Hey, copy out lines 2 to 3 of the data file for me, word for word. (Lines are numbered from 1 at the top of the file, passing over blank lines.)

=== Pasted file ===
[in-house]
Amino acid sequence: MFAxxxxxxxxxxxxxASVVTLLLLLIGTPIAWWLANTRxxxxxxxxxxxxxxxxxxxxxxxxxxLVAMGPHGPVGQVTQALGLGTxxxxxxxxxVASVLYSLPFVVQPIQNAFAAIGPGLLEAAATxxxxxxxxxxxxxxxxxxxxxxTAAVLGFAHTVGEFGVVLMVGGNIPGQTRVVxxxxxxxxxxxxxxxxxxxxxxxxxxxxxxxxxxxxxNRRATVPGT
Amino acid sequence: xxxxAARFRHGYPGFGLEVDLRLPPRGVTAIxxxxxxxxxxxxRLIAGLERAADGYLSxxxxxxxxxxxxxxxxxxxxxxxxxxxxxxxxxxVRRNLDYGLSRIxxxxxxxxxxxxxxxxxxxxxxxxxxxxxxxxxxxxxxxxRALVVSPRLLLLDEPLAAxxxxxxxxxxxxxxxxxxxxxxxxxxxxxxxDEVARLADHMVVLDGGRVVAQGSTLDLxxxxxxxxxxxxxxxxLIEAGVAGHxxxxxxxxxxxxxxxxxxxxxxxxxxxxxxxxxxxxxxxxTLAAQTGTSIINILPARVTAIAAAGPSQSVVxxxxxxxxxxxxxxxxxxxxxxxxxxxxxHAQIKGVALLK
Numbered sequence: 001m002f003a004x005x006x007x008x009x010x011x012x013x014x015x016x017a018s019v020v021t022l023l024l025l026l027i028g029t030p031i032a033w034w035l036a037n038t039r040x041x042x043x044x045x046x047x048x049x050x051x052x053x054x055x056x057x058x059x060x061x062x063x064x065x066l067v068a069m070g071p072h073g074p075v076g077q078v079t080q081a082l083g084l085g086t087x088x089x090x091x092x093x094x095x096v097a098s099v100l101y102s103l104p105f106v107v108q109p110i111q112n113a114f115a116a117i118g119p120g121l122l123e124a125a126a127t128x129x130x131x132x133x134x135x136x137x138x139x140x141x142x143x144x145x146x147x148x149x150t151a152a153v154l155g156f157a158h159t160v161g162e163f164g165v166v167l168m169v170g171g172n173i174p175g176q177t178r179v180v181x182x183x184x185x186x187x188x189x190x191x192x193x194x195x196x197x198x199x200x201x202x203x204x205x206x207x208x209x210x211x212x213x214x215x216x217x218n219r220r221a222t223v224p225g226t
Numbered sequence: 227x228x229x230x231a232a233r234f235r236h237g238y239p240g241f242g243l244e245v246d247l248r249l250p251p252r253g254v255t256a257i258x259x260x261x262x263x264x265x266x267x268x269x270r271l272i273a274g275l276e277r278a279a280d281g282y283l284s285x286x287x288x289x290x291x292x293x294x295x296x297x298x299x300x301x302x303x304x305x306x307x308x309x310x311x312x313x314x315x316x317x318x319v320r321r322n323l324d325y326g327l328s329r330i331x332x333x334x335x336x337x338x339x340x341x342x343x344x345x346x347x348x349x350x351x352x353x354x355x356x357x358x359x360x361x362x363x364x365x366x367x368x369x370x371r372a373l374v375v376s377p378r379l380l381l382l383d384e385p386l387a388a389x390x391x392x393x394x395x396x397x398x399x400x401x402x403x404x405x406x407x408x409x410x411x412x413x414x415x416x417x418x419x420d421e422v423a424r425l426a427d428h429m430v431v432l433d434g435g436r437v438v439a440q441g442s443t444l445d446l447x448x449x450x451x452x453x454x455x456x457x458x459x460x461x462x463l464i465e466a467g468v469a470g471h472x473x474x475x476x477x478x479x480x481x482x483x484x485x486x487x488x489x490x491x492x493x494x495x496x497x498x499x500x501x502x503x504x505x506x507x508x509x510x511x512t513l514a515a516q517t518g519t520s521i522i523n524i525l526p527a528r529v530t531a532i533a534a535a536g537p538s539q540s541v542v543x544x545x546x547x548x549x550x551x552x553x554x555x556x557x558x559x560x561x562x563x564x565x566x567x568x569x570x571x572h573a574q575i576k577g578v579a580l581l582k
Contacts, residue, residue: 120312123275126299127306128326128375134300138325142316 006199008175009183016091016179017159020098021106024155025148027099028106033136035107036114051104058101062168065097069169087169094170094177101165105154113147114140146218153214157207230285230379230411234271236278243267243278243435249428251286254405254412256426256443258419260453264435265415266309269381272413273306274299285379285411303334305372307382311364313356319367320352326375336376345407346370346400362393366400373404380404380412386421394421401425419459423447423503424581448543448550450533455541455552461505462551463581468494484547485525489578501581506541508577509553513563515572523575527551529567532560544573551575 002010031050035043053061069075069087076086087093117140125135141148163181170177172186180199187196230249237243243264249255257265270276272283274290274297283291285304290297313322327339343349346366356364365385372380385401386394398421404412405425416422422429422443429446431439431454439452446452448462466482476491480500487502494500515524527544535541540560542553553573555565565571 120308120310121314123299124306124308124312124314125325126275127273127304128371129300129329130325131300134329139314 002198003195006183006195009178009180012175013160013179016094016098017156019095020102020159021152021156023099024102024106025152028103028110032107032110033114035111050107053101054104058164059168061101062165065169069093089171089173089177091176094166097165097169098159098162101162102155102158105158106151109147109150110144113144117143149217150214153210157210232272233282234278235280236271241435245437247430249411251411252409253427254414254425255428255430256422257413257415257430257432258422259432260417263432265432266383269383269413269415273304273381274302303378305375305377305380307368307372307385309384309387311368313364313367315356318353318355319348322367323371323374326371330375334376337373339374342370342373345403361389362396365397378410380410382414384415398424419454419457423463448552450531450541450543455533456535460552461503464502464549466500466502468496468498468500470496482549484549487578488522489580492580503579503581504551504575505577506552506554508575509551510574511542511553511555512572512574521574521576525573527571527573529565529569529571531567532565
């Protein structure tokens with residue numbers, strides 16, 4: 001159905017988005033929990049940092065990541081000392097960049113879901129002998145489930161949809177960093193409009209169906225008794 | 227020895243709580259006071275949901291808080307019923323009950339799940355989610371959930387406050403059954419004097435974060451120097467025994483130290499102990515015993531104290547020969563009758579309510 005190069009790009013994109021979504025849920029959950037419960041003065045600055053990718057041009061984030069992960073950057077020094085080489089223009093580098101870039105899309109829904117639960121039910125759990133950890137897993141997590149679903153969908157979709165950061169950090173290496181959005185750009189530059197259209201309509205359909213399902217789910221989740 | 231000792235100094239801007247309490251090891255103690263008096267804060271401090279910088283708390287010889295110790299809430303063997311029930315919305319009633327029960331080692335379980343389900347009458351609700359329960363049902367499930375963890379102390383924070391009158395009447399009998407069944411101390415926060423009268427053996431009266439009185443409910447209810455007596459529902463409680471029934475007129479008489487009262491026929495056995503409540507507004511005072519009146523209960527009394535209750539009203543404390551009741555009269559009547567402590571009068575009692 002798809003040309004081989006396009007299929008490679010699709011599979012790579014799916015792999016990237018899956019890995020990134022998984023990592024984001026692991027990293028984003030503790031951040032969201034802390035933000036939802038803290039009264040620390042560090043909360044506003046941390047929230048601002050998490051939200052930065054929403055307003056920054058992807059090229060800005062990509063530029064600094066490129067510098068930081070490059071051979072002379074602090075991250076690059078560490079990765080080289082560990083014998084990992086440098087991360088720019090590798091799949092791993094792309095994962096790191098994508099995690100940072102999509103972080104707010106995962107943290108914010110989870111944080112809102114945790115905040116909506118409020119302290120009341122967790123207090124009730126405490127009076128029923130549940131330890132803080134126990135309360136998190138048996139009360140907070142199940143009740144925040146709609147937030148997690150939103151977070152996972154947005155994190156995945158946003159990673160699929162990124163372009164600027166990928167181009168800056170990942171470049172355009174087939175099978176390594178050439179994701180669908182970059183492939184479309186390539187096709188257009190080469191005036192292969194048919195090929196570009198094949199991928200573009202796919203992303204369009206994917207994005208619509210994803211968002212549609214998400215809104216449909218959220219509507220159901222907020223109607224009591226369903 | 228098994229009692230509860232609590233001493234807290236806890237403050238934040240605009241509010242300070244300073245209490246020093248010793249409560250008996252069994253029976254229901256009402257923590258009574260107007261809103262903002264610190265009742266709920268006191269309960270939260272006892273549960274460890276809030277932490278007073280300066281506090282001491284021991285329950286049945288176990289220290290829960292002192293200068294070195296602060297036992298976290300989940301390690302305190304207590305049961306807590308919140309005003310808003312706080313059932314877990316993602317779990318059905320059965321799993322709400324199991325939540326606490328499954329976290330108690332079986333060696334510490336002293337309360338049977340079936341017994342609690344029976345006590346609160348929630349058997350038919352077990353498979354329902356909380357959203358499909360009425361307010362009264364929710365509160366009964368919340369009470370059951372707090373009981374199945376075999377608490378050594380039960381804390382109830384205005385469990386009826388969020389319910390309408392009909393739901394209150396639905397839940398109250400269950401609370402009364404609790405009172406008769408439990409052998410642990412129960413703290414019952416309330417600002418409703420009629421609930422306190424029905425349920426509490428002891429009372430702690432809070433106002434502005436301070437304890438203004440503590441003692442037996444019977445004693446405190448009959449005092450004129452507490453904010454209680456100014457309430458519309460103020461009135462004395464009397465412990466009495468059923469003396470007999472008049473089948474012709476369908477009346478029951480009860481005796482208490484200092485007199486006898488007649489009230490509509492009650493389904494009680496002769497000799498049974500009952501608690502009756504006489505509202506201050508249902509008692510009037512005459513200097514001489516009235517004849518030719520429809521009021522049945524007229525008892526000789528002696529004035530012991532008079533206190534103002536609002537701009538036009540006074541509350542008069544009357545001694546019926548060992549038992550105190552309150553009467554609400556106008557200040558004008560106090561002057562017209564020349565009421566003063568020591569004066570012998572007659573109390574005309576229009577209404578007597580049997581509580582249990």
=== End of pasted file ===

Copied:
Amino acid sequence: MFAxxxxxxxxxxxxxASVVTLLLLLIGTPIAWWLANTRxxxxxxxxxxxxxxxxxxxxxxxxxxLVAMGPHGPVGQVTQALGLGTxxxxxxxxxVASVLYSLPFVVQPIQNAFAAIGPGLLEAAATxxxxxxxxxxxxxxxxxxxxxxTAAVLGFAHTVGEFGVVLMVGGNIPGQTRVVxxxxxxxxxxxxxxxxxxxxxxxxxxxxxxxxxxxxxNRRATVPGT
Amino acid sequence: xxxxAARFRHGYPGFGLEVDLRLPPRGVTAIxxxxxxxxxxxxRLIAGLERAADGYLSxxxxxxxxxxxxxxxxxxxxxxxxxxxxxxxxxxVRRNLDYGLSRIxxxxxxxxxxxxxxxxxxxxxxxxxxxxxxxxxxxxxxxxRALVVSPRLLLLDEPLAAxxxxxxxxxxxxxxxxxxxxxxxxxxxxxxxDEVARLADHMVVLDGGRVVAQGSTLDLxxxxxxxxxxxxxxxxLIEAGVAGHxxxxxxxxxxxxxxxxxxxxxxxxxxxxxxxxxxxxxxxxTLAAQTGTSIINILPARVTAIAAAGPSQSVVxxxxxxxxxxxxxxxxxxxxxxxxxxxxxHAQIKGVALLK